In this two-part series, Andréa Maria Cecil explores women in sports and what supporters and critics have to say about the contentious Title IX legislation. In Part 1, Cecil investigates the past, present and future of female athletes.
In sixth grade, Jean Stewart hit a boy. And she didn’t just hit him; she “knocked his block off.”
Her father had taught his daughter a little about athletics and boxing. So when young Jean encountered the boy in her Los Angeles neighborhood who said girls didn’t know how to box, it seemed like a good time to teach him a lesson.
Stewart eventually channeled that athleticism and ornery nature into softball and what was then nine-court basketball in junior high school; she played field hockey in her high-school years. But that’s where it ended for most women of that era. Professional female athletes weren’t the norm.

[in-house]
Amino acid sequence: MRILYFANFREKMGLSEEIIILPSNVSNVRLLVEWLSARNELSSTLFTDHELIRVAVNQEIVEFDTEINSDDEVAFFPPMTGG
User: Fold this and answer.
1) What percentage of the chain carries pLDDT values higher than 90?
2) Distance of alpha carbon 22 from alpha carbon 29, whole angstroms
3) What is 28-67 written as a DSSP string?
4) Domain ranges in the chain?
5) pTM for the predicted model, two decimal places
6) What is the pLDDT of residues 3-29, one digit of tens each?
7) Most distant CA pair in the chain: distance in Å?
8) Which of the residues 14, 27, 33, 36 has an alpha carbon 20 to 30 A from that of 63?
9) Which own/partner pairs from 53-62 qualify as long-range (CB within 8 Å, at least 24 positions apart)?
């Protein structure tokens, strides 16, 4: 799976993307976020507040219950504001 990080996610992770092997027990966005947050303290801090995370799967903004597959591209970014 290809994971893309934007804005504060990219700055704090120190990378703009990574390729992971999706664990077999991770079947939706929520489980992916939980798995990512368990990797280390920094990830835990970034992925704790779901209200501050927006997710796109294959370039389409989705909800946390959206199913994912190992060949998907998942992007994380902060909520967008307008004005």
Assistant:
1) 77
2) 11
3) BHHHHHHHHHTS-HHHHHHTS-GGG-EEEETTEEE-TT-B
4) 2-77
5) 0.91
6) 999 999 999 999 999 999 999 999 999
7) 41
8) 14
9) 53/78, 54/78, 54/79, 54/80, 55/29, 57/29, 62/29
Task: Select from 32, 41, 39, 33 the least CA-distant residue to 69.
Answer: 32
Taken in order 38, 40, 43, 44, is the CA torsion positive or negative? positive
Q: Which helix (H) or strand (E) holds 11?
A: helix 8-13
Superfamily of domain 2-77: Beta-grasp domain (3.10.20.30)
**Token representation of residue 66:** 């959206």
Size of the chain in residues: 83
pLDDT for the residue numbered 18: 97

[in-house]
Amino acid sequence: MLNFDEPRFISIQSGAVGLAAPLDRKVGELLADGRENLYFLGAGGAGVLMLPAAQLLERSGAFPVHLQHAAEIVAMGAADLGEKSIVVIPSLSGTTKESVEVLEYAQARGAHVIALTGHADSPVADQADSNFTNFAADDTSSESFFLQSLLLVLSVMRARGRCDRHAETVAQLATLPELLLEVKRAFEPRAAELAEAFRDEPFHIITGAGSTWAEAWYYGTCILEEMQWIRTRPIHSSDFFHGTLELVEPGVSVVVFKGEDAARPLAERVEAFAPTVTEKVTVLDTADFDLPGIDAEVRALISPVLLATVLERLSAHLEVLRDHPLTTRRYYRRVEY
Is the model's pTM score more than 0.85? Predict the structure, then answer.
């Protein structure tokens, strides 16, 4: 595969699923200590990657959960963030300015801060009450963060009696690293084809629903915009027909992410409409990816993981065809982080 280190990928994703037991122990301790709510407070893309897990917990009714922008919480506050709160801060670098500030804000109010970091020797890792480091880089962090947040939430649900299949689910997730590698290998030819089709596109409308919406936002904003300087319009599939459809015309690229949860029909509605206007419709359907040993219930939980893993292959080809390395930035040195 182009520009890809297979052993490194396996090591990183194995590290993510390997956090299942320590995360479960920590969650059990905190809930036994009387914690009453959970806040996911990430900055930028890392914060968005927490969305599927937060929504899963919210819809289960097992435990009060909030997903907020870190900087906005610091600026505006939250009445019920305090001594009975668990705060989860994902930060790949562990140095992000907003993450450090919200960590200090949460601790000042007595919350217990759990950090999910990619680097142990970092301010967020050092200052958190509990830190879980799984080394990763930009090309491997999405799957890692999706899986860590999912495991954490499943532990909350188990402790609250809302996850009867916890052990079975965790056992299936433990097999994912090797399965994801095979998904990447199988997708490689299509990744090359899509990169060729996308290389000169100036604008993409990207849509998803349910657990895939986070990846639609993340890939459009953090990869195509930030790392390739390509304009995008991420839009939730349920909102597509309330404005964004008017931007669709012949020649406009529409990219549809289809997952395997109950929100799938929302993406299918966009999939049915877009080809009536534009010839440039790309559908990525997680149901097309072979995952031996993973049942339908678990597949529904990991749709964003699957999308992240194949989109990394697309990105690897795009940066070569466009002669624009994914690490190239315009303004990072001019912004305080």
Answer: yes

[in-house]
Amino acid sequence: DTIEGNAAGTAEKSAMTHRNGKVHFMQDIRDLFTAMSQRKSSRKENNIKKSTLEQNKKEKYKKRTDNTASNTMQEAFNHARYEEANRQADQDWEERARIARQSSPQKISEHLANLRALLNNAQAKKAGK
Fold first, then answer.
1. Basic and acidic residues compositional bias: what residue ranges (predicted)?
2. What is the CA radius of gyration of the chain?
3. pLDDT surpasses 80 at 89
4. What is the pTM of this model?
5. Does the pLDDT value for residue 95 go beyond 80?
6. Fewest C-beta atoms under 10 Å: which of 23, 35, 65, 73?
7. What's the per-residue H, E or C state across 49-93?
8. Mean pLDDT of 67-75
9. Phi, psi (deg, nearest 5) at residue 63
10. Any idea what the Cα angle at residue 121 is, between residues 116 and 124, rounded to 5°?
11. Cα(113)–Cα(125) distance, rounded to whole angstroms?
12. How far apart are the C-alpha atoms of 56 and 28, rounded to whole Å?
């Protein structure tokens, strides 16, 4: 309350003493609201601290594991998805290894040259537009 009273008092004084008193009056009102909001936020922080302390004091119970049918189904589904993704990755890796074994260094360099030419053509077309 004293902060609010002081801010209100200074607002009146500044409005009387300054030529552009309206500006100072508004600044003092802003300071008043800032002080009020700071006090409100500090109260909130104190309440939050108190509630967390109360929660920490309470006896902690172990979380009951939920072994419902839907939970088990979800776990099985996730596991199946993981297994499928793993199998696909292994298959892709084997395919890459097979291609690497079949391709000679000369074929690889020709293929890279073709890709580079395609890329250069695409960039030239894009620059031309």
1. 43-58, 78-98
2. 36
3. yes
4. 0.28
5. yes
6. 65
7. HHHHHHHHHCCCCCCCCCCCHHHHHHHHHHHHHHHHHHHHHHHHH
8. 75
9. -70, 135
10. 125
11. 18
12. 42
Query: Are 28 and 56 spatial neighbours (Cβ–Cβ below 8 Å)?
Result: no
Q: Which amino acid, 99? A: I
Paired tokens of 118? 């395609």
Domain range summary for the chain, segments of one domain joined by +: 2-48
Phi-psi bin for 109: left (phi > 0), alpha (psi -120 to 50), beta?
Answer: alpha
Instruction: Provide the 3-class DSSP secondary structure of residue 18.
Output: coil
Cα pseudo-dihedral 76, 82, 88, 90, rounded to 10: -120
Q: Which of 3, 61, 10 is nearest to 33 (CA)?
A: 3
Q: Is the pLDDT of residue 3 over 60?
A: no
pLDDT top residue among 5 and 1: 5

Today, Stewart is widely known in the CrossFit community as “the deadlifting grandma,” able to hoist 153 lb. off the ground.
Certainly women around the globe have gained ground in sports over the years. But to say their struggle is over is missing much of the story.
It wasn’t until the 1984 Summer Olympics that women were allowed to run marathons—18 years after Roberta Gibb hid behind a bush before sneaking onto the course to become the first known woman to run the Boston Marathon. Sixteen years later, women were finally allowed to compete in weightlifting at the Olympic level.
But it was only three years ago that female ski jumpers petitioned the Supreme Court of Canada to be included in the 2010 Winter Olympics. The court denied their entry. And at the 2012 Olympics, women competed in boxing for the first time—15 years after the British Boxing Board of Control said women’s menstrual cycles made them too unstable to participate in the sport.
All this begs the question: are women really treated equally in sports?
In Part 2, Cecil investigates the effects of Title IX on women and men and explains CrossFit’s approach.